Building the World's Most Powerful Telescope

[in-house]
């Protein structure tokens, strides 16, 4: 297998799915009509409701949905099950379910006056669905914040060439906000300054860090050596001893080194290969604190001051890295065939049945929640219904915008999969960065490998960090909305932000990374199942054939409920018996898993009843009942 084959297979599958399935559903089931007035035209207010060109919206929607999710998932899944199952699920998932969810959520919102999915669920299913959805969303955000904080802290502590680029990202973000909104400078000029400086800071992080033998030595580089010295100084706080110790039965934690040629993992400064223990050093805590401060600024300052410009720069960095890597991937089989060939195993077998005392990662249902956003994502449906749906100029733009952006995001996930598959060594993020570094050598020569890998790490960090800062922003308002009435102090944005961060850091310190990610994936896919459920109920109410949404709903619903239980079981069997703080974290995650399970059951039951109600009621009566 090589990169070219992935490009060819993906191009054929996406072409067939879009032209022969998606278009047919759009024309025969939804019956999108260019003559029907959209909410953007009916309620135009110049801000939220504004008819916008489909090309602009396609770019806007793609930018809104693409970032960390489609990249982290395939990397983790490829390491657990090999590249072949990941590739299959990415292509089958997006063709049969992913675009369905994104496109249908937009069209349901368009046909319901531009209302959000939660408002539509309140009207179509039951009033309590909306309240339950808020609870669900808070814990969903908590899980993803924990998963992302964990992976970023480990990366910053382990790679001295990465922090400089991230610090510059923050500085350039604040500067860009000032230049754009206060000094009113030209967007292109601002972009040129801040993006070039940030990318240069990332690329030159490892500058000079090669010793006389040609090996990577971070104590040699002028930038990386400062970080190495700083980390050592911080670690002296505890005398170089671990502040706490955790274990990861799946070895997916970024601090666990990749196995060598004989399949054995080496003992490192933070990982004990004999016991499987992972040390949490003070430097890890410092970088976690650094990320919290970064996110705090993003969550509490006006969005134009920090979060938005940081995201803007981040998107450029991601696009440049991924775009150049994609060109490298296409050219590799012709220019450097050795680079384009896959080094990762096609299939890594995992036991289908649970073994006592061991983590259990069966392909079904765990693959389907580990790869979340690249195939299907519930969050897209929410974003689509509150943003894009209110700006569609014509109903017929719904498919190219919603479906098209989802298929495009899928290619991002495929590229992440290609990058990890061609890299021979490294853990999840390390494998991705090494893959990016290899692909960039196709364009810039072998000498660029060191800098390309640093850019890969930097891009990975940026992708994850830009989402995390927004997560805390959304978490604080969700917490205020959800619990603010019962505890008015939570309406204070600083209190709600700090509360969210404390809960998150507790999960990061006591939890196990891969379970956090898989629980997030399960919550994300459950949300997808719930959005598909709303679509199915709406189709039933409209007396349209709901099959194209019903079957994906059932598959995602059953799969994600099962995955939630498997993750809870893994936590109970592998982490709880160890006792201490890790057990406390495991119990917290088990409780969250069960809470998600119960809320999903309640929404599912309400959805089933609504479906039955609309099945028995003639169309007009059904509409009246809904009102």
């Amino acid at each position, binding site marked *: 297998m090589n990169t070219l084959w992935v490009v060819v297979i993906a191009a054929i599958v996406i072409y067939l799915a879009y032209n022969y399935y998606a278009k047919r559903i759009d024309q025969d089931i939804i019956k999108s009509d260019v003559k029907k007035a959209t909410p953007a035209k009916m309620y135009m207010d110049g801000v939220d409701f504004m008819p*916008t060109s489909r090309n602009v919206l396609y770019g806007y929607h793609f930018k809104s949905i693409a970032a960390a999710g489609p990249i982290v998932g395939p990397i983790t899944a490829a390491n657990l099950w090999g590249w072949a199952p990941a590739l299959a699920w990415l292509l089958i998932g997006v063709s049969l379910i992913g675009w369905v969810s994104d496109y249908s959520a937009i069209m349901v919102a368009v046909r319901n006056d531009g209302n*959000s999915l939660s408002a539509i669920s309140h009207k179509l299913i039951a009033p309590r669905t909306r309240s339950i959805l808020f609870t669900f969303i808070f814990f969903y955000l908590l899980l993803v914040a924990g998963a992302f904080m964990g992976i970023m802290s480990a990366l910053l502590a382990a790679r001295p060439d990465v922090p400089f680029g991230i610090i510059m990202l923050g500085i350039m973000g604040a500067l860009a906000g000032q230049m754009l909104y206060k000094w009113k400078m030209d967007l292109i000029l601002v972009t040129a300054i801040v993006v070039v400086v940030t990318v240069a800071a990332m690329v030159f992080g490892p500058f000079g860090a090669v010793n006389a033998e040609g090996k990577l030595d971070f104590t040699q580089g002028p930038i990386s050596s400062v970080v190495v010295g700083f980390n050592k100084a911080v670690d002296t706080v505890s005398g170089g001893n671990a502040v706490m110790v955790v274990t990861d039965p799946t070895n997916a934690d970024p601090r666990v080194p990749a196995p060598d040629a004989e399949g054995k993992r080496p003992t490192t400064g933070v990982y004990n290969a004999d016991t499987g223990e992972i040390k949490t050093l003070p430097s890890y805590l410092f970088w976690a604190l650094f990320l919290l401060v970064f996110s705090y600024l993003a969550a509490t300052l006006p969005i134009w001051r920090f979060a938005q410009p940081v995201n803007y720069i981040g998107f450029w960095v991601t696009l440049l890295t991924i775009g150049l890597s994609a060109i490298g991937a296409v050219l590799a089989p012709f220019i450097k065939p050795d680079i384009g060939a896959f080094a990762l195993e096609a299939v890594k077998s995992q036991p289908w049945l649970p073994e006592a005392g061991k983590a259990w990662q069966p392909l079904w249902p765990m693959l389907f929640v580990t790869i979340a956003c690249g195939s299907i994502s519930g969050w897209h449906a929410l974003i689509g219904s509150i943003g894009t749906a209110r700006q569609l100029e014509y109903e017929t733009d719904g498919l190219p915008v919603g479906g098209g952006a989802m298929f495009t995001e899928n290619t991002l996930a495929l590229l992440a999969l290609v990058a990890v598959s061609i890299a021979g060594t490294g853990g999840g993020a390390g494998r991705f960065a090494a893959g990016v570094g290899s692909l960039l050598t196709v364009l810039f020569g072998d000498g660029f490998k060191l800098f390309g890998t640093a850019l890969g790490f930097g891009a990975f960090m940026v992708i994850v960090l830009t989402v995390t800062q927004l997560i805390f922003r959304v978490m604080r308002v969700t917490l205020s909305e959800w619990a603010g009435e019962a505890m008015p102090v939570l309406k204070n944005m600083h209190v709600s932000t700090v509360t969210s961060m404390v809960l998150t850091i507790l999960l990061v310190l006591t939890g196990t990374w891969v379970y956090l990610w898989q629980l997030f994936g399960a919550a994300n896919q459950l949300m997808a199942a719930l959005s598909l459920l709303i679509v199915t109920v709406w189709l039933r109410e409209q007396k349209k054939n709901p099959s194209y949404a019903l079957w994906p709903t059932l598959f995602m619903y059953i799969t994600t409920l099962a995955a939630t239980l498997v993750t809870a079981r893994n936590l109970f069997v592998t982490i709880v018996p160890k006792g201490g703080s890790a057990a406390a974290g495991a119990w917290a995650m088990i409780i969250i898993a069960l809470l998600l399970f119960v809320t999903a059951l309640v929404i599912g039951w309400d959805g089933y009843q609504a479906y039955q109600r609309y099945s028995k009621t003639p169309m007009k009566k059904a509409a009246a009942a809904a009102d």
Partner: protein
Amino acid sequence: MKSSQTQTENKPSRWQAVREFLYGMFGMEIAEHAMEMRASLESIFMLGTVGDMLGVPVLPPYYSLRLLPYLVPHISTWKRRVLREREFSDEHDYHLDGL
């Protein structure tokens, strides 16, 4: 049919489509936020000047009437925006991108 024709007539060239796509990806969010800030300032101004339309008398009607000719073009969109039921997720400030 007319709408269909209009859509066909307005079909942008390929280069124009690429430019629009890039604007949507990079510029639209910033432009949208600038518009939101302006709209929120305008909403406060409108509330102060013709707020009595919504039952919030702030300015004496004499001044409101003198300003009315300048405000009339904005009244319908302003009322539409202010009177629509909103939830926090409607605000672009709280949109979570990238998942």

Assembling the world’s most powerful space telescope is a complicated process, and Chris Gunn has been there from nearly the beginning. Gunn, a NASA photographer, has spent almost a decade photographing the James Webb Space Telescope, the successor to the famed Hubble, capturing its transformation from a bare metal framework into a gleaming science observatory with 18 gold-plated mirrors. “For me, a science-fiction buff, it’s almost like seeing the Enterprise being built,” Gunn says. NASA has Gunn capture nearly step in the process for the space agency’s own records—“every single wrench turn, every single movement is documented,” he said. Some photos are never disclosed because they feature proprietary technology. Others, after thorough approval from project managers, are released to the public to spark interest and awe at the ambitious (and expensive) project. Soon, it’ll be Webb’s turn to take pictures. In 2019, the telescope will launch to a spot about one million miles from Earth and settle into an orbit around the sun. Webb, seeing the cosmos in infrared wavelengths, will photograph the most distant stars and galaxies in the universe. When that happens, Gunn says, “I really want people to want to know what the observatory looked like and how it was built and about the people who built it.”

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